Project 2 Earthquakes and Boise River Bridge

STEM+C Projects

A Project-based STEM+Computing Inquiry

About

This project was supported by the National Science Foundation (NSF) under Grant Number 1640228. Any opinions, findings, conclusions, or recommendations expressed in this project are those of the author(s) and do not necessarily reflect the views of the National Science Foundation. If you have any questions, please contact Dr. Dazhi Yang at dazhiyang@boisestate.edu or use our Contact Form.

Description

This project-based scientific inquiry project: Earthquake and Boise River Bridge Design is centered on researching different types of bridges, various aspects of earthquakes, and seismic safety features of bridges. In this project, students work in small groups to explore different bridge types, the destructive aspects of an earthquake, and the safety features for bridges that could resist earthquakes. Then students will design an earthquake-tolerant bridge and test their design with an earthquake simulator. To develop computational thinking and an understanding of STEM subjects, students from 4th, 5th and 6th grade will work in small groups of six, with one in-service teacher and one pre-service teacher, twice a week for eight weeks in a community centers after-school program.

Implementation

Please refer to the weekly activities (such as Week 1 Session 1 in the left sidebar and Resources from the sections below) for detailed information on how to use this project either in a classroom or an informal setting such as in community centers' after-school programs. The twice weekly sessions were originally designed to be 90 minutes in length, including a 10 minute break in the middle of the session. See photos of prior implementations on the projects' photo pages.


Week 7


Session 1
Questions

Task Challenge: Design and Construct a bridge over the Boise River to resist an earthquake


Goal

To build a strong bridge for Boise river


Activities

Test the bridge and make modifications


Resources

Bridge Building Materials

Shake Table


Outcomes

Building bridge (in progress)

Session 2
Questions

Task Challenge: Design competition for a bridge over the Boise River to resist an earthquake


Goal

To build a strong bridge for Boise river


Activities

Test the bridge and make modifications


Resources

Bridge Building Materials

Shake Table


Outcomes

Building bridge (in progress)

How can we build a bridge for the Boise River that is strong enough to resist earthquake forces?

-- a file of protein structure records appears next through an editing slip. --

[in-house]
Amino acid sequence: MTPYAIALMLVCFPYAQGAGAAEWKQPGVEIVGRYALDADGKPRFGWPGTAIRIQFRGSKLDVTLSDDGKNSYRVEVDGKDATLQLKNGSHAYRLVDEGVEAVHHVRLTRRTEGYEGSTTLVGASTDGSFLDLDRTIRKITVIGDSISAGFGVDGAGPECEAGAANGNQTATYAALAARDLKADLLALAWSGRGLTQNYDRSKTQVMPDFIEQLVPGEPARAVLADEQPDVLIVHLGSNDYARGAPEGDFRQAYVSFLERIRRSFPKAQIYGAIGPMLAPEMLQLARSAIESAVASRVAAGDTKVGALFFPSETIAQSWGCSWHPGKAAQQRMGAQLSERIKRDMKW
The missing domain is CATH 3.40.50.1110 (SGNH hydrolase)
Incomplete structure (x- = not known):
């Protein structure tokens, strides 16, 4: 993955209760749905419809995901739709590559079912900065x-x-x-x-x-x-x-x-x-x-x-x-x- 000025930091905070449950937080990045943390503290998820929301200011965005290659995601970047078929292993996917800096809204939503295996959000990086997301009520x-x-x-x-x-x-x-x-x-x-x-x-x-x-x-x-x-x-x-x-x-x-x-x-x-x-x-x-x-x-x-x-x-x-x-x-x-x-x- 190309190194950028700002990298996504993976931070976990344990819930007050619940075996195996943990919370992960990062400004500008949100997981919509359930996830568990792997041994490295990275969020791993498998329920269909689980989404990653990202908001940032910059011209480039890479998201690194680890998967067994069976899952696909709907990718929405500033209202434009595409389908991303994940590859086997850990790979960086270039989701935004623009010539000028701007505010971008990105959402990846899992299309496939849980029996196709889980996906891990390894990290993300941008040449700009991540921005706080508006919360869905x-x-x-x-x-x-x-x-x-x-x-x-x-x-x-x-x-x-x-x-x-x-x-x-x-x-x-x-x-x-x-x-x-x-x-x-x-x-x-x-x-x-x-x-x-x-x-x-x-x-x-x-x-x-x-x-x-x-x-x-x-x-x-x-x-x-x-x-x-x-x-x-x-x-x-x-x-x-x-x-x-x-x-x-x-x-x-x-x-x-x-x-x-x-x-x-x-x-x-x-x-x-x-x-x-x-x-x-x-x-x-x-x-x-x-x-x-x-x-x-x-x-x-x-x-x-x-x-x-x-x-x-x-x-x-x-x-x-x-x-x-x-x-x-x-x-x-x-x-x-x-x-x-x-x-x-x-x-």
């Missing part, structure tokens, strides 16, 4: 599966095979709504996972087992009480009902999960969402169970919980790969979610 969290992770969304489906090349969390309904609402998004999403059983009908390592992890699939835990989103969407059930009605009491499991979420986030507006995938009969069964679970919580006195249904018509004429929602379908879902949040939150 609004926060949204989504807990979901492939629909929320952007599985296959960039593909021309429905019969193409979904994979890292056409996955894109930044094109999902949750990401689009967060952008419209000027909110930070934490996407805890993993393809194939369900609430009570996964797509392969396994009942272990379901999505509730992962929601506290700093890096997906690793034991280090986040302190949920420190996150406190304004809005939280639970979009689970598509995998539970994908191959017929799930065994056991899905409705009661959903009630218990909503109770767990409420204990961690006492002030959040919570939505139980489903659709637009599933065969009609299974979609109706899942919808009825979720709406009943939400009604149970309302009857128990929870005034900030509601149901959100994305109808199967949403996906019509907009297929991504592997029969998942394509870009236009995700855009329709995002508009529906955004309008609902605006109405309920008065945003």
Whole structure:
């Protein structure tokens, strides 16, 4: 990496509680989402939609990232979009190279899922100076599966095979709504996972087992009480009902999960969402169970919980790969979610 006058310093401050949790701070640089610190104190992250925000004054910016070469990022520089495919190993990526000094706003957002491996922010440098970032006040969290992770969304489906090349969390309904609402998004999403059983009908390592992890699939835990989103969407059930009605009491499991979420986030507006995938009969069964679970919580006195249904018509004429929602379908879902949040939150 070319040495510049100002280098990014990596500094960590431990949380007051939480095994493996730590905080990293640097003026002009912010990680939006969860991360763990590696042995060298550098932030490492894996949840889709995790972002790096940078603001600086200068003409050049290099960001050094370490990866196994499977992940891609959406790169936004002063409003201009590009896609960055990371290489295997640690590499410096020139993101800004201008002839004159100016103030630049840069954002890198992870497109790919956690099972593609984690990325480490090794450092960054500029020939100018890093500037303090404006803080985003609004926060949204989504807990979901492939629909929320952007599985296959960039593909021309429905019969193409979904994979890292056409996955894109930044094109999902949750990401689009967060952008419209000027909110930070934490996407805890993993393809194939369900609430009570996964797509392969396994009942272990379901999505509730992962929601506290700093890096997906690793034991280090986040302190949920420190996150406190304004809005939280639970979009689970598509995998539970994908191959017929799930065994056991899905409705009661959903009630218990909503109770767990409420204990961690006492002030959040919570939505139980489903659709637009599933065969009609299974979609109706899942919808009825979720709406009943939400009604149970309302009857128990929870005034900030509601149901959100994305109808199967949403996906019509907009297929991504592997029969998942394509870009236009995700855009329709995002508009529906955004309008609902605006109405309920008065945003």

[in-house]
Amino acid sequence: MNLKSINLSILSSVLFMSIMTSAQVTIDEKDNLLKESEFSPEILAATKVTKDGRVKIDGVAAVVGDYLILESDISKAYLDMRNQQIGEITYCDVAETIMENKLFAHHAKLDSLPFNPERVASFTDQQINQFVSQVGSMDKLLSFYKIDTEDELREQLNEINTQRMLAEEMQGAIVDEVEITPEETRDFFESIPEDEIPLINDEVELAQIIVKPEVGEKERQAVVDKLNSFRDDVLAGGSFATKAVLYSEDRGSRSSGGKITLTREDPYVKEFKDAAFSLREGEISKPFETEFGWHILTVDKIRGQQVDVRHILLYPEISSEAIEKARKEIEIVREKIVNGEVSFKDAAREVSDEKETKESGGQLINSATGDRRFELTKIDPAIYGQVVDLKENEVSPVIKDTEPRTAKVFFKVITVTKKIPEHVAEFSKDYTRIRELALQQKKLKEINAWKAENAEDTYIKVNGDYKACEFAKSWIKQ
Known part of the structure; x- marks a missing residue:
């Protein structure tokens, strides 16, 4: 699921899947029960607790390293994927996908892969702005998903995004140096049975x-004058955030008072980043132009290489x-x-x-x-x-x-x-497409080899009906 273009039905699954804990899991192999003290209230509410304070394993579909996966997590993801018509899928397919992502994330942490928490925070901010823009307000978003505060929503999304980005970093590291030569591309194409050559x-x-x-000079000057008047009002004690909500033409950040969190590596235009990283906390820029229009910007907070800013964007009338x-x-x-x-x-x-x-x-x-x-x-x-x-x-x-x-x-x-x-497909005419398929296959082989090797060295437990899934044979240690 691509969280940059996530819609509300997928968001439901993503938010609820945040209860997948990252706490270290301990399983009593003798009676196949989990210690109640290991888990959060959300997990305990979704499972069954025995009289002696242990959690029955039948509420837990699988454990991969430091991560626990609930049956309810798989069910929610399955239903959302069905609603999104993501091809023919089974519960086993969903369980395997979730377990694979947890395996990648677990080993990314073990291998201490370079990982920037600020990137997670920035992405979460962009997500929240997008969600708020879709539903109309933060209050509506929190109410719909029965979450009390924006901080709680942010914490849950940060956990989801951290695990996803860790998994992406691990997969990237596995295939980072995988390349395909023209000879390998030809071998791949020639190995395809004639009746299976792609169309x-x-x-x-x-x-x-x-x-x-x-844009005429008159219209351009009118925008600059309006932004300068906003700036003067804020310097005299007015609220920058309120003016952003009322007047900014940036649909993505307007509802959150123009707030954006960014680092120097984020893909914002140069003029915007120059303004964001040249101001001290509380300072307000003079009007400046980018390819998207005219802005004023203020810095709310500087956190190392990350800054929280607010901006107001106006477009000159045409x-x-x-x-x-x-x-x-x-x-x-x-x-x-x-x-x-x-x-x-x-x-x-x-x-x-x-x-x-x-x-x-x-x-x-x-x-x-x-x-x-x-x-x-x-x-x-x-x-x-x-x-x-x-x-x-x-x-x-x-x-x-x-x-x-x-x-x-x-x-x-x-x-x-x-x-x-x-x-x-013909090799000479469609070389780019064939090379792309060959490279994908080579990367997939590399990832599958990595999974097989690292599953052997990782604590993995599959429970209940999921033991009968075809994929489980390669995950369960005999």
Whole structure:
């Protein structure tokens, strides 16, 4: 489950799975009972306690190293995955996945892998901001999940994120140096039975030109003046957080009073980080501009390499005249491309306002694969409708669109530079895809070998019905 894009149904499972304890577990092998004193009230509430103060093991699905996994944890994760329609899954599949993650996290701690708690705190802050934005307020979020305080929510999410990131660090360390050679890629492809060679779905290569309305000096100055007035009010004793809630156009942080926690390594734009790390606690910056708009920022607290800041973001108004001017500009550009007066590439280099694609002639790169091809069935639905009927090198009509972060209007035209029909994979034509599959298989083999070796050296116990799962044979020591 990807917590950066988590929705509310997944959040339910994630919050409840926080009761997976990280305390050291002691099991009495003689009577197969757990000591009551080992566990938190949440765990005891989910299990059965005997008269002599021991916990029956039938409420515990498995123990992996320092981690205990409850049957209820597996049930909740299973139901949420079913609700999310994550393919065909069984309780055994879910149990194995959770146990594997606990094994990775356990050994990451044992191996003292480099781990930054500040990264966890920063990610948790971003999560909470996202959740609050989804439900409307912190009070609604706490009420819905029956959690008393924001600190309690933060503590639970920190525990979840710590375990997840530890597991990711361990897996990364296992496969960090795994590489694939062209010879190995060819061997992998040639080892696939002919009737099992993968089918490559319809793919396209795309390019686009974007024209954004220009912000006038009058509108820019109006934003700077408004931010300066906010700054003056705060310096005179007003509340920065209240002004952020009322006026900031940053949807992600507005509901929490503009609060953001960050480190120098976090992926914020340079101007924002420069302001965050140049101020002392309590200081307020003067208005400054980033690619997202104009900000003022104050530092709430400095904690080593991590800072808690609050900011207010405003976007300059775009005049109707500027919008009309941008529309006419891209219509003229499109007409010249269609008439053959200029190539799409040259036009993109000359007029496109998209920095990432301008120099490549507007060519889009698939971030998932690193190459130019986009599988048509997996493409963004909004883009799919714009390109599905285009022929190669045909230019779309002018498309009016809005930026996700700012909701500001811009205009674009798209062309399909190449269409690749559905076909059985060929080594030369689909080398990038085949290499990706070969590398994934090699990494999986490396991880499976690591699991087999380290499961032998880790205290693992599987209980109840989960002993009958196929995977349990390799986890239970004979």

Entry Event 5 minutes

The teacher starts the session by distributing the design sketches that were submitted at the end of the last session. The students get 5 minutes to go over their designs and role assignments that were made at the end of the last session. Then students are directed to start building process.


Building a Bridge 45 minutes Part 2

Student Instructions 15 minutes

Collect all K’NEX components and prepare site for the start of construction.

Lay out all your K’NEX components for easy and fast access to help the bridge construction.

You are not allowed to pre-assemble any parts of the bridge before construction starts.

Once construction has started, pre-assembly of bridge parts can take place.

Start Bridge Construction 30 minutes

Bridge construction.


Bridge Testing

Once all teams have completed building their bridges, the teacher starts the testing process that includes loading, earthquake simulation and reloading.

Loading requirement The bridge should support 2 kg anywhere on the load without any bending

Earthquake performance The bridge should receive ‘OK’ or ‘Caution’ performance remark

Reloading requirement The bridge should support a loading of 1.5 to 2.0 kg anywhere in the load without any bending


Discussion Among Design Teams 10 minutes

Depending on their performance of their bridges, students discuss what worked and what did not work. Then, students discuss what they could have done differently and note those points in their journals.


End of Session Reflection and Debriefing 5-10 minutes